|07-09-2014 08:57 PM|
The ford focus guys do say a little front toe out as Jerry mentioned
Also discuss wandering
|07-09-2014 08:44 PM|
A little toe in keeps it from wandering and following every slight contour on the road
It adds a little rolling resistance and tire wear but helps it maintain straight and not wander so much so they want just a little toe in
For what it is worth looked up PT cruiser FSM front wheel drive and is calls for small positive toe in not toe out
.10 degrees with acceptable range 0 to .20 degrees
Not saying no cars want toe out but I don't recall any and the one fwd car I own calls for front toe in
|07-09-2014 08:09 PM|
RWD vehicles require a little toe-in since the the tires tend move a little toe-out a tad while driving. Having a little toe-in at rest compensates for that so while cruising, the tires are pointing straight ahead as much as possible.
It's the opposite with FWD vehicles that generally require a little toe-out during an alignment.
|07-09-2014 07:53 PM|
Ive done it this way many times using this method,pretty much same idea:
My question is why not just have the measurements the same instead of setting it 1/8" towed in?
|04-27-2013 10:58 PM|
|tjtime||Good info, thanks.|
|12-14-2012 12:59 AM|
|CJP1||Great thread and information. Love the idea of the square tubing!|
|11-12-2012 09:21 PM|
Adjusting (rotating) your tie-rod so the toe-in has the tires 1/16" to 1/8" closer in front than in the rear is what you want. You don't want toe-out for a rear-wheel drive vehicle, toe-out is what you set when it's a front-wheel drive.
|11-12-2012 09:14 PM|
|mnatl||subscribed. I need to look at my alignment since the wear is uneven badly on both front tires. THX!|
|03-24-2012 12:54 PM|
|Rwilliamjacob||Ive been trying to figure out my front end since i got hit three weeks ago these articles help alot but i still have questions. The alignment chart read -.3 on drive and -.5 pass so if you look at the front end the drivers side shows more negitive then pass. drives straighter then before and toes out now. What would be bent on the passenger side that is causing this? Keep in mind i have a new axle housing new ball joints and rods new hub on that side so whats the deal i feel confused because ive had to take it back to the dealer that i work at 4 times because the alignment was extremely off and there was super deathwobble at speed which the tech said it was a spring or something. no one said anything to me about the rim being bent and there is no frame or body damage|
|03-08-2012 05:28 PM|
|Kimball2||Jerry i talked to u on the phone the other day,i done what u said, but cant get it to break loose, Thanks Again.|
|03-08-2012 05:26 PM|
|Kimball2||Hi All! i cannot get the tie rod to break loose, liquid wrench,pipe wrench, the whole works, it looks like it might have a slight bend in it,not bad though,would i be better off to remove the tie rod,put in a vice, and get it all loosened up, if so i guess i will have to remove the tie rod ends also , right. Thanks for any info! Kimball2|
|02-25-2012 12:28 PM|
|drl650||To the OP this was very helpful last night after my Currie Currectlync install this made all the difference in the world one I had the proper Toe in it drives great..Big thanks Jerry B.|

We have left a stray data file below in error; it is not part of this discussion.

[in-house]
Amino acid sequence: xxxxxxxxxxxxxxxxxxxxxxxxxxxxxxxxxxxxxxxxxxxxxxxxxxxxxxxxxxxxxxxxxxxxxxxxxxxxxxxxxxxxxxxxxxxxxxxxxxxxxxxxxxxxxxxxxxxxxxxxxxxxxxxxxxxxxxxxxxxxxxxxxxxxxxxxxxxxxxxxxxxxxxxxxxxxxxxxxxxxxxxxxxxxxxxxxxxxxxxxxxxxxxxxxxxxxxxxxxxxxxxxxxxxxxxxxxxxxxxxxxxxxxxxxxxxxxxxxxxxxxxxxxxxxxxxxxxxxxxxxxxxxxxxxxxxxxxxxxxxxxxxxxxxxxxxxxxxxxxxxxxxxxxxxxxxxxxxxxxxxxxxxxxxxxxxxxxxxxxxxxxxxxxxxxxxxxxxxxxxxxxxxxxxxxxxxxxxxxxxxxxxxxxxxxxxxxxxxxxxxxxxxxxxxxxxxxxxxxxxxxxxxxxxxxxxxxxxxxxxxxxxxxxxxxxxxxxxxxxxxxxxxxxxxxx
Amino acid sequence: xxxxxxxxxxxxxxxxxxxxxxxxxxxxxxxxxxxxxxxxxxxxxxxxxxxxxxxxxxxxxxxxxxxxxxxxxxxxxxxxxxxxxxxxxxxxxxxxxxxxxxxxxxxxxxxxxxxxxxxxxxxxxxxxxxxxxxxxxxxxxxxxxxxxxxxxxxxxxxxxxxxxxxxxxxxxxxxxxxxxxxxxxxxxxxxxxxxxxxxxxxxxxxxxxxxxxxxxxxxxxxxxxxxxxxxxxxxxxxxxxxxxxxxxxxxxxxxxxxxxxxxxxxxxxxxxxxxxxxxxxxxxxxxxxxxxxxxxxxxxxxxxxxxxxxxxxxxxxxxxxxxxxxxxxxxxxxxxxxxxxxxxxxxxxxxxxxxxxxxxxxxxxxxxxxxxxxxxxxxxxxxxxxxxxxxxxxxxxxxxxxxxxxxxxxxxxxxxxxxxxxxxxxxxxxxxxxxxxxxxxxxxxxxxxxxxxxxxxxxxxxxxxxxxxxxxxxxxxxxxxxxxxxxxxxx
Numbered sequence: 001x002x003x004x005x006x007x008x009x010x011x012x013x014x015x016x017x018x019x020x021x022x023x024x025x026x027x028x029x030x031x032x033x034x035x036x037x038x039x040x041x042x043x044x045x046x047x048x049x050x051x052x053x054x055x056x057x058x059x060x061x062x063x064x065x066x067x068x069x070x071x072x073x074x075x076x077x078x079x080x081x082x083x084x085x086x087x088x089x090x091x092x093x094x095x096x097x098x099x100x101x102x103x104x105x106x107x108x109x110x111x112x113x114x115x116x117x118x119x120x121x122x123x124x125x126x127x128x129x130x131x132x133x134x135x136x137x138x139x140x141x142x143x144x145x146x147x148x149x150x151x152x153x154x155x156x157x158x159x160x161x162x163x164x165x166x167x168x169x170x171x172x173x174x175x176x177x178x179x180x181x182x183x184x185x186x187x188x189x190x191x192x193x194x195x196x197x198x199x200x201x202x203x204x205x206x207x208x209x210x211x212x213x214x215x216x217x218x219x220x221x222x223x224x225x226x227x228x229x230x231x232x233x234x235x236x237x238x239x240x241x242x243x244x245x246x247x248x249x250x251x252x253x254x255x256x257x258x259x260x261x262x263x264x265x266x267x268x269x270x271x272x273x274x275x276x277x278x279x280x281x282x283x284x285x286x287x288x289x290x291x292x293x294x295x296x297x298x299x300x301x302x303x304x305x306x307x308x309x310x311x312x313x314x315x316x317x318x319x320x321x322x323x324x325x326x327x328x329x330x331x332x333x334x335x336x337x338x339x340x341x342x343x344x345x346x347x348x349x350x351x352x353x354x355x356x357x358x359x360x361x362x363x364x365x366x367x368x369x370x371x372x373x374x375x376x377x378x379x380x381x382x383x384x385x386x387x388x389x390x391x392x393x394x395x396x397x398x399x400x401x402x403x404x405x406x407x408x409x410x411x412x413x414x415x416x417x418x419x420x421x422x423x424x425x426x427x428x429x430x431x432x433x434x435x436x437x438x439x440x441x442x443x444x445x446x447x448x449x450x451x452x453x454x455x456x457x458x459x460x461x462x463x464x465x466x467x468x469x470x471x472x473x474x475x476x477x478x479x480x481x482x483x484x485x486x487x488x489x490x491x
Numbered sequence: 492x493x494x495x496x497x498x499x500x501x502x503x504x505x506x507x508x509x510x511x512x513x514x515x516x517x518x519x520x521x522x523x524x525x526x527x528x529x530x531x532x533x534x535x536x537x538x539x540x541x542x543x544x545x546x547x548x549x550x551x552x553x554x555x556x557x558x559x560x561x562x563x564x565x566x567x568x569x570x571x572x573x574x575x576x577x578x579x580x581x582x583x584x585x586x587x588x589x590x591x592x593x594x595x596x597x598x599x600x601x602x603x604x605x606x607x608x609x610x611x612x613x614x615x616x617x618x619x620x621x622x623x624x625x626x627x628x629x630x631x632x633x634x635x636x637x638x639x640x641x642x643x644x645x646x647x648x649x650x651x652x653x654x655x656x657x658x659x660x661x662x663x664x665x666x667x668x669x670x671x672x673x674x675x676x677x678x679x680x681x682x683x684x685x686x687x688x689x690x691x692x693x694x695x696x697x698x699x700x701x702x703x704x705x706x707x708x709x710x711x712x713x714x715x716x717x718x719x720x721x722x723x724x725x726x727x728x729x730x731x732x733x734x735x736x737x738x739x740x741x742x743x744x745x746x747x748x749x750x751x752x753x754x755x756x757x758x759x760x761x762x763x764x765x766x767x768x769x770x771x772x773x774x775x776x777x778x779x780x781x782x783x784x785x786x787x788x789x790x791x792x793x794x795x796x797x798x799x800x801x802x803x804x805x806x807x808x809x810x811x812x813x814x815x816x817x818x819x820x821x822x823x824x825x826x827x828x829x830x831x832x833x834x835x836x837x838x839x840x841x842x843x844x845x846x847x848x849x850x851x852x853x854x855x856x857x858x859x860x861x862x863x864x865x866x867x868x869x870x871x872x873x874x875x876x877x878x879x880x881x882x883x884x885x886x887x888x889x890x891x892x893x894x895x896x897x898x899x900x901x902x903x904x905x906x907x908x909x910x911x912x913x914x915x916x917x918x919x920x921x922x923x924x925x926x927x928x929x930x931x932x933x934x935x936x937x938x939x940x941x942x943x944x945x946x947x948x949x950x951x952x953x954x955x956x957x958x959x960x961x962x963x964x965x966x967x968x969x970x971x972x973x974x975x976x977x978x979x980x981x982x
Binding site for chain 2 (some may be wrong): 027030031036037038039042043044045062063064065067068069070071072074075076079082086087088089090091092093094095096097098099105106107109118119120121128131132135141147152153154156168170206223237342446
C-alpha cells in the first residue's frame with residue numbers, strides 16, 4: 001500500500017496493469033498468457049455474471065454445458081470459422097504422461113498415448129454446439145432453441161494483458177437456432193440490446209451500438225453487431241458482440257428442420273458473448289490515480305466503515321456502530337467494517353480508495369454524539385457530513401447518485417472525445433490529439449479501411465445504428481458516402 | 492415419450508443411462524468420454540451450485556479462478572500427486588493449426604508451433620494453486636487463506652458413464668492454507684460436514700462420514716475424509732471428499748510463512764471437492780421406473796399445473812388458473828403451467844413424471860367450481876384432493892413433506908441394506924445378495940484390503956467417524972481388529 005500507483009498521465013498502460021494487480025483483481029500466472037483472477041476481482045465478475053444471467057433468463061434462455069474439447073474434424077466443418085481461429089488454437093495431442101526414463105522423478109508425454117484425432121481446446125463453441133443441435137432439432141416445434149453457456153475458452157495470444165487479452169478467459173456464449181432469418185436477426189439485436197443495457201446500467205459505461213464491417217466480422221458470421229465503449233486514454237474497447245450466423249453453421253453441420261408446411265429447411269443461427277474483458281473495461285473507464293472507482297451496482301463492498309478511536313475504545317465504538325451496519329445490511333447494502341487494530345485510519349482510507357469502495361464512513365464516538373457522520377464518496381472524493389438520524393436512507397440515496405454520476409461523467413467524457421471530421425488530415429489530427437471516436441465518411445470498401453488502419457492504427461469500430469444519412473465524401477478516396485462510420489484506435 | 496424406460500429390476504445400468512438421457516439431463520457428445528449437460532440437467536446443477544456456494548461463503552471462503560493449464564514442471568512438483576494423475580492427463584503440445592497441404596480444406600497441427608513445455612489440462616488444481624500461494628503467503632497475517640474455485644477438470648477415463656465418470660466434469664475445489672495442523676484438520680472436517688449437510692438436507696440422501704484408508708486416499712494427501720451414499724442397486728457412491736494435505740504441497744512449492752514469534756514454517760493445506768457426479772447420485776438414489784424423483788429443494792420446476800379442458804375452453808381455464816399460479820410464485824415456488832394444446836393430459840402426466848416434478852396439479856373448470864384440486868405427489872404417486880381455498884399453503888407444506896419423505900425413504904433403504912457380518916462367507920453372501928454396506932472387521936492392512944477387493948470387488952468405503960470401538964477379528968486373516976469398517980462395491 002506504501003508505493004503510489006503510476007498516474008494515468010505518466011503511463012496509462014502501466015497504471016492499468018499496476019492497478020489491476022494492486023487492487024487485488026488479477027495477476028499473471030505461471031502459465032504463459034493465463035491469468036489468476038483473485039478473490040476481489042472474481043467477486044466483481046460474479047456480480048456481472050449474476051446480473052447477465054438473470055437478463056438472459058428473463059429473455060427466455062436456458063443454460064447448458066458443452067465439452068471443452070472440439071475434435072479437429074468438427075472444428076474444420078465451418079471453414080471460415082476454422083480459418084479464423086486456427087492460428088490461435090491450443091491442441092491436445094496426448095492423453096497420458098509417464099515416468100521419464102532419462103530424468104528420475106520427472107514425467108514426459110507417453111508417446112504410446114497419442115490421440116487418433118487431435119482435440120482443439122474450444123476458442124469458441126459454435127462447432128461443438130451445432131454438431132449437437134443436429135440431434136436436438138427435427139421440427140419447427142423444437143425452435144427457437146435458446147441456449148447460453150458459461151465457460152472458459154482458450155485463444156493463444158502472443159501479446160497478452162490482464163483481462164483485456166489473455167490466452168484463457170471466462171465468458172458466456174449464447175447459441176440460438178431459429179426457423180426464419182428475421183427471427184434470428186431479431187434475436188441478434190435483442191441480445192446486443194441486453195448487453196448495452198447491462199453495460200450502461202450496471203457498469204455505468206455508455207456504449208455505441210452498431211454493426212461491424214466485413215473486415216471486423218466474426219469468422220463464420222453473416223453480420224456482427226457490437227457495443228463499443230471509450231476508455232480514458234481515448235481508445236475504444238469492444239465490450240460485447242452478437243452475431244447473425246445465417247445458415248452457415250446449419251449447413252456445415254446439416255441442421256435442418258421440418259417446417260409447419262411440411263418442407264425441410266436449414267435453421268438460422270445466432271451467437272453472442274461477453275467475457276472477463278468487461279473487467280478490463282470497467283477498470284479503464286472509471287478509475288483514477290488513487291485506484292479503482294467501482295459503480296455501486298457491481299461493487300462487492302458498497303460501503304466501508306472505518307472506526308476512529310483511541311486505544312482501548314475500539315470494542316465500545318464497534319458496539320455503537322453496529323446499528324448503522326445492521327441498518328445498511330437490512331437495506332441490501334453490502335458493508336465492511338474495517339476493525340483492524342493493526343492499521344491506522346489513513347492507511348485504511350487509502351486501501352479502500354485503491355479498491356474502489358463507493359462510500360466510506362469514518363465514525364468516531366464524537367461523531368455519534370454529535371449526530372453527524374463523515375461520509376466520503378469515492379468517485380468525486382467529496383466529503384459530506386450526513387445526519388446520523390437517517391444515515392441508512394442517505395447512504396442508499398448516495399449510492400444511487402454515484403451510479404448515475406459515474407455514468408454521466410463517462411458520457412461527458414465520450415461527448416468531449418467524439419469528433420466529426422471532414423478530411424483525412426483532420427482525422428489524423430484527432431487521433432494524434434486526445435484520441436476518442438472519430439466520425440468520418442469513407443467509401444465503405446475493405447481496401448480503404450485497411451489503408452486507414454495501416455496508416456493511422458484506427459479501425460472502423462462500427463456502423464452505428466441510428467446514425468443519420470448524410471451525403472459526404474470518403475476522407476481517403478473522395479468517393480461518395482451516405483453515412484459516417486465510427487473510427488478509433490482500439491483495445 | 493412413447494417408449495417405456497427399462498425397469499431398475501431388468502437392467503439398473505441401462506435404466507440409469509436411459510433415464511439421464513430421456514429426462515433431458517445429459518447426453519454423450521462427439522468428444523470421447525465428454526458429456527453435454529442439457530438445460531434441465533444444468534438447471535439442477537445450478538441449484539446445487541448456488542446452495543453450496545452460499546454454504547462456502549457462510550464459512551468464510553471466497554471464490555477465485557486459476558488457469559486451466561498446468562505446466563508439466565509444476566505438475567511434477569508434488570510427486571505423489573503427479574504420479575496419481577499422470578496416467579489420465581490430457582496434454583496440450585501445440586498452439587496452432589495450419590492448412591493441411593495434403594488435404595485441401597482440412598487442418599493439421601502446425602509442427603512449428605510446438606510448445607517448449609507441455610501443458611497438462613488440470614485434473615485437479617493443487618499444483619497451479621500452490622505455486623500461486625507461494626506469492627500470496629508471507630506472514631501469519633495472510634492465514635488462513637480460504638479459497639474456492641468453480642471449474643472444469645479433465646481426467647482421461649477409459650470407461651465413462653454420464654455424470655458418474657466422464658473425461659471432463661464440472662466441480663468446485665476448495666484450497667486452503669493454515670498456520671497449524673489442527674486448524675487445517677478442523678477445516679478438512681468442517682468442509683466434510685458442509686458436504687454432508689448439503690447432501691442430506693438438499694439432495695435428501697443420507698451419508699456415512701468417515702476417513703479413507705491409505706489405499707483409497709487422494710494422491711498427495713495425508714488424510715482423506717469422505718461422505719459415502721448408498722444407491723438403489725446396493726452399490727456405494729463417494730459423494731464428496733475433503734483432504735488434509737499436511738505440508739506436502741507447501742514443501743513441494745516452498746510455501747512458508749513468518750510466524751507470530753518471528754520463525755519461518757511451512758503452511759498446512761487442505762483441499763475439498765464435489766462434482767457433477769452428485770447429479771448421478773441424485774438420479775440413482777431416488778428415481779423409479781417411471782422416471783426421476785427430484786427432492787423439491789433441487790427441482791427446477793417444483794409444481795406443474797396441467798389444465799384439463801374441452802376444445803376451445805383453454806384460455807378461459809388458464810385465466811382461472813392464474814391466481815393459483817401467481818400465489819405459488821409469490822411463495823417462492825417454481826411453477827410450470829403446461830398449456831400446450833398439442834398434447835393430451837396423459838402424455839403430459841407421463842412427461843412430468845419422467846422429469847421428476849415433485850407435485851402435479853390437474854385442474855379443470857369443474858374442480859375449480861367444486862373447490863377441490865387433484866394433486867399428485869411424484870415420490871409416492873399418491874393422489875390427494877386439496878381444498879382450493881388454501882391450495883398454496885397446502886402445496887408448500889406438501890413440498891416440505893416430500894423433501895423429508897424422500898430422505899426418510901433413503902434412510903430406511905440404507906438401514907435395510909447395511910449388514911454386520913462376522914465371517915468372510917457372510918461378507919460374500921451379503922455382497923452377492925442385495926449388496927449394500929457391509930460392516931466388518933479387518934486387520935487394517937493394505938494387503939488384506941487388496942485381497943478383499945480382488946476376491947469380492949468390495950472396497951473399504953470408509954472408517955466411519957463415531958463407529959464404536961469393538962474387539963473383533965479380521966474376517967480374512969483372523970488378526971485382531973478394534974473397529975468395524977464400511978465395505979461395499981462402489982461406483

|01-29-2012 12:17 PM|
You're right about the 35's, and the drag link is beefier than oem, but the tie rod does not appear to be upgraded. Thanks for the info, and it'll obviously be a few days for me to research and order parts. I'll be in touch.
|01-29-2012 11:31 AM|
It sounds like you'd have no problem replacing either. The track bar is only held in place with two bolts so it's be an easy swap. Once you get the old track bar off, you'll just need to set the length of the new track bar which needs to be adjustable where its length is concerned.
Setting the track bar length is easier than it may seem at first. Once the old track bar is off, the suspension's coil springs will mostly self-center the Jeep over the top of the axle. Holding the axle centered is the track bar's job. So once the old track bar is off and the Jeep has kinda self-centered itself over the axle, jump up and down on the front bumper to finish the job... jouncing it to sound technical.
Once you have done that, bolt up the driver's side of the track bar and then simply adjust the length of the new track bar so its passenger-side mounting bolt hole matches the hole in the axle's mounting bracket. Tighten the frame-side mounting bolt to 85 ft-lbs, tighten the passenger side to 55 ft-lbs. I would replace the passenger side mounting bolt with a new metric 12.9 (its hardness rating) and I seem to recall it's size is a 10x1.5mm bolt. The factory passenger-side mounting bolt is not all that strong and since it really needs to be tightened down firmly, a new hardened bolt there is a very good idea.
If anyone knows that bolt size for sure, please post it up. That area of my TJ is no longer stock so I can't look at mine to know any more.
For the tie rod, that's not much more difficult though you need to set the toe-in per the above once you're done. Getting the tie rod ends off is only slightly more difficult physically but with the right technique, they can be popped off in just a few seconds.
Once you get to that point, post up here or PM me and the technique will be explained.